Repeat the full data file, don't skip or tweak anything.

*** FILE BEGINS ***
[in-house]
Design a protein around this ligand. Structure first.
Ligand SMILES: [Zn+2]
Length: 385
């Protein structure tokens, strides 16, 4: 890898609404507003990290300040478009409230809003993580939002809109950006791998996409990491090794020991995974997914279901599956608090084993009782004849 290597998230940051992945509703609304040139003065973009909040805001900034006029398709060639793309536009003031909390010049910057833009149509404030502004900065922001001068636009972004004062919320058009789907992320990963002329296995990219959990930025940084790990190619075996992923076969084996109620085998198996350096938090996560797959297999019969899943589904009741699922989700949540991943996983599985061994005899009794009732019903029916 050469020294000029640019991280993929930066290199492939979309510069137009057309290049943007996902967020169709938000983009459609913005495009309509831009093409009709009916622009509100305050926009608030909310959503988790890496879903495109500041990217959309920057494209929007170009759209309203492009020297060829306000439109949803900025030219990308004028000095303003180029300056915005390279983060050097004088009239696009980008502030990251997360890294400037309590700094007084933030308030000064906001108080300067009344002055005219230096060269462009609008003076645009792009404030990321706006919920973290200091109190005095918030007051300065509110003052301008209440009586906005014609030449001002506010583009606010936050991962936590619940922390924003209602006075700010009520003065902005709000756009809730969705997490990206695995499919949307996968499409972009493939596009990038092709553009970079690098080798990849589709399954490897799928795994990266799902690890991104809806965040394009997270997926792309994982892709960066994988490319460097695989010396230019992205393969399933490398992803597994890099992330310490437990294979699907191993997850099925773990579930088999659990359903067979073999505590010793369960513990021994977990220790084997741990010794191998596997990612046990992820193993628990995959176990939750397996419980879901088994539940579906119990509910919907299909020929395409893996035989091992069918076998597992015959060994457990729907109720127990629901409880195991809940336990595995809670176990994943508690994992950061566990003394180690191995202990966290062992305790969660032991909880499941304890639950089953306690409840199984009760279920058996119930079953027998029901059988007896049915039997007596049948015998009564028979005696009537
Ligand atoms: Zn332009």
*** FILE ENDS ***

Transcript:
[in-house]
Design a protein around this ligand. Structure first.
Ligand SMILES: [Zn+2]
Length: 385
């Protein structure tokens, strides 16, 4: 890898609404507003990290300040478009409230809003993580939002809109950006791998996409990491090794020991995974997914279901599956608090084993009782004849 290597998230940051992945509703609304040139003065973009909040805001900034006029398709060639793309536009003031909390010049910057833009149509404030502004900065922001001068636009972004004062919320058009789907992320990963002329296995990219959990930025940084790990190619075996992923076969084996109620085998198996350096938090996560797959297999019969899943589904009741699922989700949540991943996983599985061994005899009794009732019903029916 050469020294000029640019991280993929930066290199492939979309510069137009057309290049943007996902967020169709938000983009459609913005495009309509831009093409009709009916622009509100305050926009608030909310959503988790890496879903495109500041990217959309920057494209929007170009759209309203492009020297060829306000439109949803900025030219990308004028000095303003180029300056915005390279983060050097004088009239696009980008502030990251997360890294400037309590700094007084933030308030000064906001108080300067009344002055005219230096060269462009609008003076645009792009404030990321706006919920973290200091109190005095918030007051300065509110003052301008209440009586906005014609030449001002506010583009606010936050991962936590619940922390924003209602006075700010009520003065902005709000756009809730969705997490990206695995499919949307996968499409972009493939596009990038092709553009970079690098080798990849589709399954490897799928795994990266799902690890991104809806965040394009997270997926792309994982892709960066994988490319460097695989010396230019992205393969399933490398992803597994890099992330310490437990294979699907191993997850099925773990579930088999659990359903067979073999505590010793369960513990021994977990220790084997741990010794191998596997990612046990992820193993628990995959176990939750397996419980879901088994539940579906119990509910919907299909020929395409893996035989091992069918076998597992015959060994457990729907109720127990629901409880195991809940336990595995809670176990994943508690994992950061566990003394180690191995202990966290062992305790969660032991909880499941304890639950089953306690409840199984009760279920058996119930079953027998029901059988007896049915039997007596049948015998009564028979005696009537
Ligand atoms: Zn332009």